As more than twenty Immigration and Customs Enforcement (ICE) agents surrounded the trailer, said Mancha, agents inside interrogated her. They asked her where her mother was; they wanted to know if her mother was "Mexican" and whether she had "papers" or a green card. They told her they were looking for "illegals." After about five minutes of interrogation, the agents–who, according to the women’s lawyer, Mary Bauer of the Southern Poverty Law Center, showed no warrants and had neither probable cause nor consent to enter the home–simply left. They left in all likelihood because Mancha and her mother didn’t fit the profile of the workers at the nearby Crider poultry plant, who had been targeted by the raid in nearby Stilwell. They were the wrong kind of "Mexicans"; they were US citizens.

And as Lovato explains, the regime of anti-Latino law enforcement is taking place at not just the federal level, but the local and state levels as well. And then there are the extralegal "citizen" threats, ranging from the Minutemen to the Klan:

In fact, the surge in Latino migration (the Southeast is home to the fastest-growing Latino population in the United States) is moving many of the institutions and actors responsible for enforcing Jim Crow to resurrect and reconfigure themselves in line with new demographics. Along with the almost daily arrests, raids and home invasions by federal, state and other authorities, newly resurgent civilian groups like the Ku Klux Klan, in addition to more than 144 new "nativist extremist" groups and 300 anti-immigrant organizations born in the past three years, mostly based in the South, are harassing immigrants as a way to grow their ranks.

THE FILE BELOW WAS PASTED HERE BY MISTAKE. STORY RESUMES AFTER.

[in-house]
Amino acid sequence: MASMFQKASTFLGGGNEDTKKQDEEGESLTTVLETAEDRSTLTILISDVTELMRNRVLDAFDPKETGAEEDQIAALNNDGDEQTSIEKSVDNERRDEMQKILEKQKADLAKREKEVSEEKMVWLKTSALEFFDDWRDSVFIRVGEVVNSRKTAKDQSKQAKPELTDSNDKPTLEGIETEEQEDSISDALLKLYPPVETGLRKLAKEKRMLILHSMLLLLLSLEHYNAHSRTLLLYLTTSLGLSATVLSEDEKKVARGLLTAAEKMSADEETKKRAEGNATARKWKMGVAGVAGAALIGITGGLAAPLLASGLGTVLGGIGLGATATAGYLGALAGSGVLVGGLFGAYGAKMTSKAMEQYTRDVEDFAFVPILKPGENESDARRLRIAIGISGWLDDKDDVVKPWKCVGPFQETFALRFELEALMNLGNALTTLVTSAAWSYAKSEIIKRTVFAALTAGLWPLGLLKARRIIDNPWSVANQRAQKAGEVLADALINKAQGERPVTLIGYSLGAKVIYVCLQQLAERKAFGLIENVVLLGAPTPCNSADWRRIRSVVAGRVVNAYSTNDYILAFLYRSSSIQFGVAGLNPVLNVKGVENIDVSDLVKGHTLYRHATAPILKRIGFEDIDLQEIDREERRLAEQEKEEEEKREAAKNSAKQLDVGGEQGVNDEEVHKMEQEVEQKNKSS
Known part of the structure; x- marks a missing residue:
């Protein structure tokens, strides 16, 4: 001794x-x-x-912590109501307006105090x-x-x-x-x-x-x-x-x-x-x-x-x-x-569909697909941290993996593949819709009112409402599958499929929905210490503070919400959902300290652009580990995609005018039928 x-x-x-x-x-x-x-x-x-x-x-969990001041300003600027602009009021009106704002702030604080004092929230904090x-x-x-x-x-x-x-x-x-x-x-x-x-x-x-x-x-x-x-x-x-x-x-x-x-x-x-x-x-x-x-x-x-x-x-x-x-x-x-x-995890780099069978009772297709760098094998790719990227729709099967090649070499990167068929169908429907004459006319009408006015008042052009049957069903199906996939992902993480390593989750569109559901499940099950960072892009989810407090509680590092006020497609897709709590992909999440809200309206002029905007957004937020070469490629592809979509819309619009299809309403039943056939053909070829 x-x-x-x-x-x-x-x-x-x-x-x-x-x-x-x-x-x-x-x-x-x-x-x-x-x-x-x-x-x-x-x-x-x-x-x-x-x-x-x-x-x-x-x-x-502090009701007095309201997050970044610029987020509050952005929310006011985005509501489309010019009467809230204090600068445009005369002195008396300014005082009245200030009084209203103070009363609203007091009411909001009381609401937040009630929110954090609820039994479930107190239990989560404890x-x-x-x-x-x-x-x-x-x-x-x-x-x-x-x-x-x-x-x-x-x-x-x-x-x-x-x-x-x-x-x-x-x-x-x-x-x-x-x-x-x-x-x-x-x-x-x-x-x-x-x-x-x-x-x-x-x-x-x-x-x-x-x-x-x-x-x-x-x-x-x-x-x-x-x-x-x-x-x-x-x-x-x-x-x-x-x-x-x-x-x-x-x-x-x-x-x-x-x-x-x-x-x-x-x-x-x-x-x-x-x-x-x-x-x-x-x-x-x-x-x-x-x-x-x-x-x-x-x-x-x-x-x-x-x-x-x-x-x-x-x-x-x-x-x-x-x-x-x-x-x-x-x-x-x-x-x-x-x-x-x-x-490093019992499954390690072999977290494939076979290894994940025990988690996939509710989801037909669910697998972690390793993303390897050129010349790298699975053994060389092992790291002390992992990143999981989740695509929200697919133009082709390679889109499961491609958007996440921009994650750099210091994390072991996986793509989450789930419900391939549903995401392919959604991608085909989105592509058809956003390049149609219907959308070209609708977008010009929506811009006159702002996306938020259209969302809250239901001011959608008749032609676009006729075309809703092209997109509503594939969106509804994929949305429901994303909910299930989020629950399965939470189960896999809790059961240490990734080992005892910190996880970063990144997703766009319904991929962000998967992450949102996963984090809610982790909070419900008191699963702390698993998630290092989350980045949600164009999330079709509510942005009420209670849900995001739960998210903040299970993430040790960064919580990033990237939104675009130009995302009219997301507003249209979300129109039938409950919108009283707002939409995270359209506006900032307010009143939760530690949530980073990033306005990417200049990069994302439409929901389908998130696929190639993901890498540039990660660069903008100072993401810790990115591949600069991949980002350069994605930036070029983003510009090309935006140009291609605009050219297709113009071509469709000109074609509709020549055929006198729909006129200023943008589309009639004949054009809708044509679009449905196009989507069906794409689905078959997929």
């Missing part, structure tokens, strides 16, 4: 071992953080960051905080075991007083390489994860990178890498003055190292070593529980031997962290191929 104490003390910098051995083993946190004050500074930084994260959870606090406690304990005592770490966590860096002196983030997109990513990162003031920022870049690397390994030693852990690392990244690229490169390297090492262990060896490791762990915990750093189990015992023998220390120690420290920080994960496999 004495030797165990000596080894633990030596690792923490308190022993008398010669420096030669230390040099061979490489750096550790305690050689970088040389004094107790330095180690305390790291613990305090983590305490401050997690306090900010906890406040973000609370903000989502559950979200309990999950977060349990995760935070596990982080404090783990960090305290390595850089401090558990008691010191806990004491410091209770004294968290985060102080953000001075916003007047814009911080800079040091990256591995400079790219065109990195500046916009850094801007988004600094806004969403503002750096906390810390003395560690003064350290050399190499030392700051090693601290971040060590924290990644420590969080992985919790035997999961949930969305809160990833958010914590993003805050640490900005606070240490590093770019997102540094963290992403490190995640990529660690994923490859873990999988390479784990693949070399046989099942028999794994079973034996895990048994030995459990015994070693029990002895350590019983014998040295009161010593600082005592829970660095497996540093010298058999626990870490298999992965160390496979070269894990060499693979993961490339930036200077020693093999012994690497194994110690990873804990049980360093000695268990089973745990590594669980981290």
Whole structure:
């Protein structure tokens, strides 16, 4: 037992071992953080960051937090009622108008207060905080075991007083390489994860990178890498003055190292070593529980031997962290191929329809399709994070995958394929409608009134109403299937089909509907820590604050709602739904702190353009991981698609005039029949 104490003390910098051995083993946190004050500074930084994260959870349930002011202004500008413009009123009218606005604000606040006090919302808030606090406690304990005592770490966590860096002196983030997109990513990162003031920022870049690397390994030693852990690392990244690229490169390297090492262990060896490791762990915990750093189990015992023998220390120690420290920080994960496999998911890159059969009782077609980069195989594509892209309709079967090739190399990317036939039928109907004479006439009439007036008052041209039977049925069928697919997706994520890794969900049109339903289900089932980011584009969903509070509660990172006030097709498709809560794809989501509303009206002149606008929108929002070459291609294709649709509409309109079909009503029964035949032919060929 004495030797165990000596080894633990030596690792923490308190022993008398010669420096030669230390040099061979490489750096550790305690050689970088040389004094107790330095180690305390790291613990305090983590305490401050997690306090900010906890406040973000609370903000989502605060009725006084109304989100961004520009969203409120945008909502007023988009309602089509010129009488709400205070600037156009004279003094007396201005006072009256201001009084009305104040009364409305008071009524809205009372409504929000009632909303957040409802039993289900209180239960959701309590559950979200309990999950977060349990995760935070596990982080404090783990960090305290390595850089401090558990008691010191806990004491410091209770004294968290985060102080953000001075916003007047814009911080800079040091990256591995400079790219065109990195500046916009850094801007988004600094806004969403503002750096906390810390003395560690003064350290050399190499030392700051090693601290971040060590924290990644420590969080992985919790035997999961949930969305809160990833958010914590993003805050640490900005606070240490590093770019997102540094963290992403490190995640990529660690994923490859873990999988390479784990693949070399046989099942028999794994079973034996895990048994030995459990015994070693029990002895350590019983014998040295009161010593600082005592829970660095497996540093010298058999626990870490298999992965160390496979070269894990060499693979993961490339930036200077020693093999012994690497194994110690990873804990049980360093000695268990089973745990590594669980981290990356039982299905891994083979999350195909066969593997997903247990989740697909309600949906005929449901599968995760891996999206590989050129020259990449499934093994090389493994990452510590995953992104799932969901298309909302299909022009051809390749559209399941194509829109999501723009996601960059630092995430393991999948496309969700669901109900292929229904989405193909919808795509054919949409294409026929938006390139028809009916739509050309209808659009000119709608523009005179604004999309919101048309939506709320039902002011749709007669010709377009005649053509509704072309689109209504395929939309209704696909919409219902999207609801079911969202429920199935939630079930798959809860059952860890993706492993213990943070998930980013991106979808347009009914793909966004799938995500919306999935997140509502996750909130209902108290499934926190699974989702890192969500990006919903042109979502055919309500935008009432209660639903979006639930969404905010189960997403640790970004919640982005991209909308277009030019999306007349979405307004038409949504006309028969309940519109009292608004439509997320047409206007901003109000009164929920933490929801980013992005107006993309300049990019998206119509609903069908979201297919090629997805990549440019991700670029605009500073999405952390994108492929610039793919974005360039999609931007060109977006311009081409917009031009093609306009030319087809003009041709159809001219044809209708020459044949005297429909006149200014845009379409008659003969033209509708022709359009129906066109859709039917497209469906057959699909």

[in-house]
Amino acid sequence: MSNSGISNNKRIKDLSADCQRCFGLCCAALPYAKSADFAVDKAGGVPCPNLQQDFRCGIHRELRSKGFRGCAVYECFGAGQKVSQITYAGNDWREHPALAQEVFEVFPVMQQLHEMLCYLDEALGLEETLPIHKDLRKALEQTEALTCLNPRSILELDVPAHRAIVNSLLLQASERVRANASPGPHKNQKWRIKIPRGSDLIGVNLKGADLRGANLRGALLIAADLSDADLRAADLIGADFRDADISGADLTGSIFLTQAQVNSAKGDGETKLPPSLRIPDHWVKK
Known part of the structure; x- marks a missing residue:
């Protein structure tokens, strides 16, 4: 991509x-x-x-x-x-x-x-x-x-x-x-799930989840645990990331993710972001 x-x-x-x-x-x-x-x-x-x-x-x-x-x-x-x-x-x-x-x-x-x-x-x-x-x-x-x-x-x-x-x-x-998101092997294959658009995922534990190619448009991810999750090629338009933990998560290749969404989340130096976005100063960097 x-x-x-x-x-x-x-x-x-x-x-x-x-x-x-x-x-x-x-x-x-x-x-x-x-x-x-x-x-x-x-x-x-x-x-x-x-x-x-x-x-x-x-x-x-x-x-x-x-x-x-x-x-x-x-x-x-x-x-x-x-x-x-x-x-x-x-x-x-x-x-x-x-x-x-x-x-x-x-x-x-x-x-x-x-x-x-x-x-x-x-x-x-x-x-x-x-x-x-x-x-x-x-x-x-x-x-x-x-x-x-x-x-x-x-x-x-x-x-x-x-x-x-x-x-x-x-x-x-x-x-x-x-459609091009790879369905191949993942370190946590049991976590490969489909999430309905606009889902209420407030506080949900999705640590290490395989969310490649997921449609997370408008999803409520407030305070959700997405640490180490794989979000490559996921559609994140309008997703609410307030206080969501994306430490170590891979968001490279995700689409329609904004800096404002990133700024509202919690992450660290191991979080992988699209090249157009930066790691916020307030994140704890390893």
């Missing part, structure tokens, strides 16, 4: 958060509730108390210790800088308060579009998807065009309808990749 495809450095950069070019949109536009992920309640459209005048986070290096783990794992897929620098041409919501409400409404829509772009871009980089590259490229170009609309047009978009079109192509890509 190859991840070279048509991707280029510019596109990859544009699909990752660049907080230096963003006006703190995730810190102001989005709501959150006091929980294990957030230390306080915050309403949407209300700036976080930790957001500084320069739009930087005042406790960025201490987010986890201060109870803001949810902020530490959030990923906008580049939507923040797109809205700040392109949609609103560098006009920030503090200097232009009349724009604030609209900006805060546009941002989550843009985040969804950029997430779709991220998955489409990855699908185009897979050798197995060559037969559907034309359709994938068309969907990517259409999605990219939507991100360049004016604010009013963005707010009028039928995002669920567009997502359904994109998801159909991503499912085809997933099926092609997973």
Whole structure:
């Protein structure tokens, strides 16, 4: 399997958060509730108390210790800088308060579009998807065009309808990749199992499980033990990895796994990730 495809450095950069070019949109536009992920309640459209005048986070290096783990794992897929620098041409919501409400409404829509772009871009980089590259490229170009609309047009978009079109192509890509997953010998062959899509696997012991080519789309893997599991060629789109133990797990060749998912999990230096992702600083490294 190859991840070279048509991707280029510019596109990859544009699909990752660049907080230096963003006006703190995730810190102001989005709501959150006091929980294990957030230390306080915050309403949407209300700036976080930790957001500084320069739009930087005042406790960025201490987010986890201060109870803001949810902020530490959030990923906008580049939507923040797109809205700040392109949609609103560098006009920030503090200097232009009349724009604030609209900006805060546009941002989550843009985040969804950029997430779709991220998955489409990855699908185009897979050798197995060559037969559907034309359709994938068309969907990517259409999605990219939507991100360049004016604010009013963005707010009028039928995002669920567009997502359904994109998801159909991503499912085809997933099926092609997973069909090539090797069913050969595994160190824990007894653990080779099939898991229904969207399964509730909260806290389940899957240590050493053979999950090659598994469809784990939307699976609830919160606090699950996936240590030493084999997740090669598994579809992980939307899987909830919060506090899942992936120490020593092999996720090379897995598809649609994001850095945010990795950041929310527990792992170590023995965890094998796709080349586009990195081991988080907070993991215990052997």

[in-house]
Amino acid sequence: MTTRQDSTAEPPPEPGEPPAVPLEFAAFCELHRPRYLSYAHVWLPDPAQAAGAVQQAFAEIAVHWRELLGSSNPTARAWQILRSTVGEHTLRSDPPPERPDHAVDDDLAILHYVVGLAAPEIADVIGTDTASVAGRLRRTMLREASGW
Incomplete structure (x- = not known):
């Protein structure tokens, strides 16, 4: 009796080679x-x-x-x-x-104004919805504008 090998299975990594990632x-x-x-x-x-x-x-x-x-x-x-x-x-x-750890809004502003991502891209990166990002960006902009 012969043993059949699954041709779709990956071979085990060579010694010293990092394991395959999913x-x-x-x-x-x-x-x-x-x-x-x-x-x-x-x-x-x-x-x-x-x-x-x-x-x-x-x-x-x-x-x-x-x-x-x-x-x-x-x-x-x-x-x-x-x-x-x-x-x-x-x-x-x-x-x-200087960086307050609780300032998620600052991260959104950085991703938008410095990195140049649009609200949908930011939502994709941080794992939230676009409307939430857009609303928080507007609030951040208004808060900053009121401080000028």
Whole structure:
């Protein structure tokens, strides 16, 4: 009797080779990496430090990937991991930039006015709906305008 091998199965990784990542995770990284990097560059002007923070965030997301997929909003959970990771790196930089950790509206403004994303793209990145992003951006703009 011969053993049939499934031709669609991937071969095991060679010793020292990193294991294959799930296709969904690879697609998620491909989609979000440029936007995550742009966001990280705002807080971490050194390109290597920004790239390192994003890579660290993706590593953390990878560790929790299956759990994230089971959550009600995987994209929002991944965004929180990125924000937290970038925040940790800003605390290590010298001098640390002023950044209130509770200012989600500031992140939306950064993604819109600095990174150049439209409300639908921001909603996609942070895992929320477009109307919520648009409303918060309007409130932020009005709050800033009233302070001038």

Meanwhile, a legal regime of distinctions between the rights of undocumented immigrants and citizens has emerged and is being continually refined and expanded. A 2006 Georgia law denies undocumented immigrants driver’s licenses. Federal laws that allowed local and state authorities to pursue blacks under the Fugitive Slave Act appear to be the model for the Bush Administration’s Agreements of Cooperation in Communities to Enhance Safety and Security (ACCESS) program, which allows states to deputize law enforcement officials to chase, detain, arrest and jail the undocumented. Georgia’s lowest-paid workers, the undocumented, now occupy a separate, unequal and clandestine place that has made it increasingly difficult for them to work, rent homes or attend school.

As Sharry says, Americans are sooner or later going to have to come to terms with the choice we face: deporting 12 million people, or making citizens of them. The former choice, as we are now seeing, is likely to produce an America that is more police state than open democracy. If we pursue that course, it will be an America we will no longer recognize.

David Neiwert

David Neiwert

David Neiwert is the managing editor of Firedoglake. He's a freelance journalist based in Seattle and the author/editor of the blog Orcinus. He also is the author of Strawberry Days: How Internment Destroyed a Japanese American Community (Palgrave/St. Martin's Press, June 2005), as well as Death on the Fourth of July: The Story of a Killing, a Trial, and Hate Crime in America (Palgrave/St. Martin's, 2004), and In God's Country: The Patriot Movement and the Pacific Northwest (1999, WSU Press). His reportage for on domestic terrorism won the National Press Club Award for Distinguished Online Journalism in 2000.